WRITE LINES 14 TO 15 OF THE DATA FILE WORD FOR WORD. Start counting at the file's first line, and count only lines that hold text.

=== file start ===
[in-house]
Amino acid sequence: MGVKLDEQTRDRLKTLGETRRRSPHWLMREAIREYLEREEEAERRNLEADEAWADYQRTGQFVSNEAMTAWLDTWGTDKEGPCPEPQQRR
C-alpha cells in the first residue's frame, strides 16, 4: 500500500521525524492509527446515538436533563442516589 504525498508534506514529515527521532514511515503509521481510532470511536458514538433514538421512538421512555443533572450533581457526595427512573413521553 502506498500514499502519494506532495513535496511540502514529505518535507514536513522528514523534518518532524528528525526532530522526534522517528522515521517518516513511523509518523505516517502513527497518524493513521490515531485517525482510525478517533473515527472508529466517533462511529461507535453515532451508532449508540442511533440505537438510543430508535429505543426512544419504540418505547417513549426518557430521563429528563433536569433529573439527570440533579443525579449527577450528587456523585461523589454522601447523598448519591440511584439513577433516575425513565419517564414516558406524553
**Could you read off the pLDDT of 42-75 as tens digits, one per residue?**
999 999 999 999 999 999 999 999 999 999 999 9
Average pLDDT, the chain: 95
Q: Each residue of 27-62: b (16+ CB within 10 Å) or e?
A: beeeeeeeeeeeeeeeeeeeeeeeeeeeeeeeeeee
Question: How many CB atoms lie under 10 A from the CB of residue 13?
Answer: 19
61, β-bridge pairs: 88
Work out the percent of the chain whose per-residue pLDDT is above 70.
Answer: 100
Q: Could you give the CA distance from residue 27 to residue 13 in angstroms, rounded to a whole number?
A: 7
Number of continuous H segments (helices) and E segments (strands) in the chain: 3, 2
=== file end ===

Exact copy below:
Q: Could you give the CA distance from residue 27 to residue 13 in angstroms, rounded to a whole number?
A: 7